by Alex Barrientos
As a Roman Emperor,
Marcus Aurelius faced many
instances of adversity, not only from the Germanic tribes to the
north, but from his generals and members of the Roman Senate as
So it is no surprise to find in his
Meditations various reflections on
how a rational person - the type of person the
Stoic strives to be - must react to
disagreements with others.
Though no one reading this is an emperor, we face disagreements
everyday with our family, friends, and even strangers on social
There's no avoiding that
(not that you have to argue with people on social media, but it will
be difficult to avoid seeing things posted on there by family and
friends that you don't agree with!).
What we can try to avoid, however, is having these disagreements in
an unhealthy manner, and in a way that gets us nowhere.
One could spend a lifetime learning from the wisdom contained in the
'Meditations' (I know I plan on it!).
Yet, I've taken up the much smaller task of providing you with just
three pieces of advice from Marcus Aurelius that will, hopefully,
allow you to begin having healthier, more productive debates.
1. Being open to
anyone can refute me
- show me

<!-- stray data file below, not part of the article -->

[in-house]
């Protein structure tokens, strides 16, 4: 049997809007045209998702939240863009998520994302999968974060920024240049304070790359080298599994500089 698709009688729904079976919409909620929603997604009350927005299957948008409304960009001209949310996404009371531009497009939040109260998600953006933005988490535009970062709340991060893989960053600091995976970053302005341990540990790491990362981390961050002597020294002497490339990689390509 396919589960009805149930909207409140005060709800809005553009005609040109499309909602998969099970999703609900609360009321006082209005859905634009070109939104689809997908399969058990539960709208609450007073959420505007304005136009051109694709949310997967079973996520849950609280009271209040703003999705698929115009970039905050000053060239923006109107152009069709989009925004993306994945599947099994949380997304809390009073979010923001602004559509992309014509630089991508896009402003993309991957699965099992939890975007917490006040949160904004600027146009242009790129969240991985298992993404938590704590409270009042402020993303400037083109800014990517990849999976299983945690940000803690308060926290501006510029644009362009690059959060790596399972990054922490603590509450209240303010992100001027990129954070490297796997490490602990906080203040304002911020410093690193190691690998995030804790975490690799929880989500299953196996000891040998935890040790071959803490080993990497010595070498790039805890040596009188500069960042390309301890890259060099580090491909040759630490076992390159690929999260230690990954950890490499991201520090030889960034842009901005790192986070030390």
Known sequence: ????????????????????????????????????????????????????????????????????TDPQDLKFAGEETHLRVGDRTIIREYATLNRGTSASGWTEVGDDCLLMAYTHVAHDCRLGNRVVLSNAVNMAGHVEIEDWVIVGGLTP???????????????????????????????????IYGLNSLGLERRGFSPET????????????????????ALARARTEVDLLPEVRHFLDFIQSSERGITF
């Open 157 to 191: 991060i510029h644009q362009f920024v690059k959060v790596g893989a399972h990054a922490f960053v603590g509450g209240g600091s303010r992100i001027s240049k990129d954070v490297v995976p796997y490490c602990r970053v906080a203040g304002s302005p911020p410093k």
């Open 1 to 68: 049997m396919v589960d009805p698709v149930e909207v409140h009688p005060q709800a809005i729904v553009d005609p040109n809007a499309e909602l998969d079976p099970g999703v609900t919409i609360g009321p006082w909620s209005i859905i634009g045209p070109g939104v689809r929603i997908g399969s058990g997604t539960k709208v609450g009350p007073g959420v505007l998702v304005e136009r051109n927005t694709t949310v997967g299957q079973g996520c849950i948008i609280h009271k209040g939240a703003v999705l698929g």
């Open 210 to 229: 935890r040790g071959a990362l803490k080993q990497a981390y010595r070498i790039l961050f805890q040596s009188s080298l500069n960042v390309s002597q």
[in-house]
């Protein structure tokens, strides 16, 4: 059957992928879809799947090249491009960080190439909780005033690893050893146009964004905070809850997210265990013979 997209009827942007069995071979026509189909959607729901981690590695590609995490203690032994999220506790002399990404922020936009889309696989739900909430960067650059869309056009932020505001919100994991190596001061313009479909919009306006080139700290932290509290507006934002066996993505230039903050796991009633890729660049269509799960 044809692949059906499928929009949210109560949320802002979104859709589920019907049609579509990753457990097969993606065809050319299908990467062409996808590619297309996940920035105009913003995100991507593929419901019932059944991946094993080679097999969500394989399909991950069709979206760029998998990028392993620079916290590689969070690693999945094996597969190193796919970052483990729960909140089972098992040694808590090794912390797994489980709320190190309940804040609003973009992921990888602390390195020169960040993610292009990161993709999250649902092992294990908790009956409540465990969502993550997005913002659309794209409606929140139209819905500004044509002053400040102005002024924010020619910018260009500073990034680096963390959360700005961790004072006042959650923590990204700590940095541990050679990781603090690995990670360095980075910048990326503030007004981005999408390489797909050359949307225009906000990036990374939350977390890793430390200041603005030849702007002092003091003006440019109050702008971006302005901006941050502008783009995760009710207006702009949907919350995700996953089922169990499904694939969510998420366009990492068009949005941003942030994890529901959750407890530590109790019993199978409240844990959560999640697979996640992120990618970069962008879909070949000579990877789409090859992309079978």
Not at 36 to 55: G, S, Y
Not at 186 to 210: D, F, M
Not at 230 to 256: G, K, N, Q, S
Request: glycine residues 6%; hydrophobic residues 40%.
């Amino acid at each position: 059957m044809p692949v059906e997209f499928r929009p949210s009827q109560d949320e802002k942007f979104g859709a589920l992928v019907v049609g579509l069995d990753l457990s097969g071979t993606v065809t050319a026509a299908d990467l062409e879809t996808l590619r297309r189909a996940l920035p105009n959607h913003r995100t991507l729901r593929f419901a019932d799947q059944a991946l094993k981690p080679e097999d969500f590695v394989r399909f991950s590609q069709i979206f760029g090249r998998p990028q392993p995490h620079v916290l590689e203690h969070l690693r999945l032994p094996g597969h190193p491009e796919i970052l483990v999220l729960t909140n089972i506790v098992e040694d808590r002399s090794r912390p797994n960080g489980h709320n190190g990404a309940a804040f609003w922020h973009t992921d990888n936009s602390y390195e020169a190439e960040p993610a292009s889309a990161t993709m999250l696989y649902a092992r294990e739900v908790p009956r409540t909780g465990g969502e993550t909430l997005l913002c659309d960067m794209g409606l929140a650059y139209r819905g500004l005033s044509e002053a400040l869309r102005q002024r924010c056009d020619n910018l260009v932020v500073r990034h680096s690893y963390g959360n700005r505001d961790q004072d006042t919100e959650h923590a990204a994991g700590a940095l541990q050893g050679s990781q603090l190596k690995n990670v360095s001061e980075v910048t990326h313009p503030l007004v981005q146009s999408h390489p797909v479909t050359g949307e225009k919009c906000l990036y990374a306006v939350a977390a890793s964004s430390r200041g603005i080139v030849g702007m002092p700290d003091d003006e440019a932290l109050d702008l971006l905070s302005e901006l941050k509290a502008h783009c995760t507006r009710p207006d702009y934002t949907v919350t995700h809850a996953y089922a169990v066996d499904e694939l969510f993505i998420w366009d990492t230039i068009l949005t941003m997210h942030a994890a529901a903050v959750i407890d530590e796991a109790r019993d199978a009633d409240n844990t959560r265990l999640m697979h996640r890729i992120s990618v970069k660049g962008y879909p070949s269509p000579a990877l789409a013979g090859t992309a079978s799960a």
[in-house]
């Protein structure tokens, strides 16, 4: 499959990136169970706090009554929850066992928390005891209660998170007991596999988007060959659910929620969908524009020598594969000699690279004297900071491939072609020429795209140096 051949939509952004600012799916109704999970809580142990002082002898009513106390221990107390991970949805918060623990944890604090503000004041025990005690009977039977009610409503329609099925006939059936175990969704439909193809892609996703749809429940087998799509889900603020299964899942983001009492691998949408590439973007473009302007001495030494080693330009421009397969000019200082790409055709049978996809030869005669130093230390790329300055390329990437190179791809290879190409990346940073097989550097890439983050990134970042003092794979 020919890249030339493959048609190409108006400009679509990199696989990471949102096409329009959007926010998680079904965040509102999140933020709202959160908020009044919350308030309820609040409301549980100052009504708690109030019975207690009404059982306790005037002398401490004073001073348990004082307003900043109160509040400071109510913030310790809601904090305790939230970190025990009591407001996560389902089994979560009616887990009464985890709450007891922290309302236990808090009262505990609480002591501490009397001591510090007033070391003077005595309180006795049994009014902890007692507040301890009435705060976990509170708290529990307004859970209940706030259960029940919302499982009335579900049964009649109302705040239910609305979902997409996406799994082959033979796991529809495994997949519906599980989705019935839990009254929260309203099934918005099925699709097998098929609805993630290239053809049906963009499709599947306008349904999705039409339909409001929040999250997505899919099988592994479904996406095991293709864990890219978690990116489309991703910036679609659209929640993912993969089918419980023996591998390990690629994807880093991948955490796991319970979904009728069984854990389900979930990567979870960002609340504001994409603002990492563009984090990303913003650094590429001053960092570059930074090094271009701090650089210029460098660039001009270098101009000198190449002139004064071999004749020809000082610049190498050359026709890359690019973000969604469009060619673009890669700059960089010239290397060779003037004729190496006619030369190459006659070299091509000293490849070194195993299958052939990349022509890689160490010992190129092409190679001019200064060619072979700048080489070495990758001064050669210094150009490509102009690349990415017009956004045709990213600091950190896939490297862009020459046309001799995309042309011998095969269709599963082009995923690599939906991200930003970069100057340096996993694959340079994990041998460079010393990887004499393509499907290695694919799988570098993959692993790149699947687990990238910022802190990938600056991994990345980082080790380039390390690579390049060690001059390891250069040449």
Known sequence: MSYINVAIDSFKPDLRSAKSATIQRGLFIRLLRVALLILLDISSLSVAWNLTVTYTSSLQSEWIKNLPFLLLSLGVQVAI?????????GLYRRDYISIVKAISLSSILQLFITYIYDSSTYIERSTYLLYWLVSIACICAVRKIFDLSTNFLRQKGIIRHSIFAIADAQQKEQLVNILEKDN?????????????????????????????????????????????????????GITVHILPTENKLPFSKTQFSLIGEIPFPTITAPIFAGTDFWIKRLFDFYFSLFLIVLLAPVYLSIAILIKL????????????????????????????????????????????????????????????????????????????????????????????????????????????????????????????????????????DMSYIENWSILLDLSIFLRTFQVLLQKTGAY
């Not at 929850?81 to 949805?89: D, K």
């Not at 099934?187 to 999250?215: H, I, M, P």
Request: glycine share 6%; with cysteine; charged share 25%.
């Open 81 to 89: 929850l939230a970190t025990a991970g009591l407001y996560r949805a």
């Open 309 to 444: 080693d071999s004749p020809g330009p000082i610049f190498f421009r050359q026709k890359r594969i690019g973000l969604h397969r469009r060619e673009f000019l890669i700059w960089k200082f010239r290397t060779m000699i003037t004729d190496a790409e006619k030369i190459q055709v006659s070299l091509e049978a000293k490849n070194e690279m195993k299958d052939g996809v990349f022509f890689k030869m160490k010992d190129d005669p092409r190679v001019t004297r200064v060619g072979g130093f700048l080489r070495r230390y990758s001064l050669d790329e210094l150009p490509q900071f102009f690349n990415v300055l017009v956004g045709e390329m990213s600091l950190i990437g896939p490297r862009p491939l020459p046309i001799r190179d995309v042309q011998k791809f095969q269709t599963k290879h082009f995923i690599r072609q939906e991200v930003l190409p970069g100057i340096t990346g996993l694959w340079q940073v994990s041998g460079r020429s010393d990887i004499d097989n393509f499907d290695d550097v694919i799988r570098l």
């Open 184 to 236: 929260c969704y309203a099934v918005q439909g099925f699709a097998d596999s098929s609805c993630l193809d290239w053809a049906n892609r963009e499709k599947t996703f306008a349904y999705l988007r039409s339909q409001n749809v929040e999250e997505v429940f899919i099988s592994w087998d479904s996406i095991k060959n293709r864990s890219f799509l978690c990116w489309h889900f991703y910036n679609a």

I'm making a mistake
at things from
truth I'm after,
truth never harmed anyone.
us is to persist
self-deceit and ignorance.
Book VI, 21
The first thing is to
begin any debate or argument with a devotion to truth.
You must say to
"It's the truth
With the truth as
your aim, you're prepared to see where someone might be wrong,
where you might be wrong, or where you both might be wrong.
And, of course, sometimes there may be no "Truth" with a capital
"T" to the issue in question, in which case the
intellectually honest thing to do is to simply say,
"I don't know."
Being able to say
those three words is not something everyone has the humility and
honesty to do, but it is required more often than not, given how
nuanced the world is.
The Equestrian Statue of Marcus Aurelius
in the Capitoline Museum in Rome.
The next thing is to keep in mind ,
"the truth never
Now, you might say,
doesn't it often hurt to hear the truth? Yes, it definitely can
But Marcus is working
Socratic framework which
holds that the truth, however painful (in
Plato's analogy of the cave,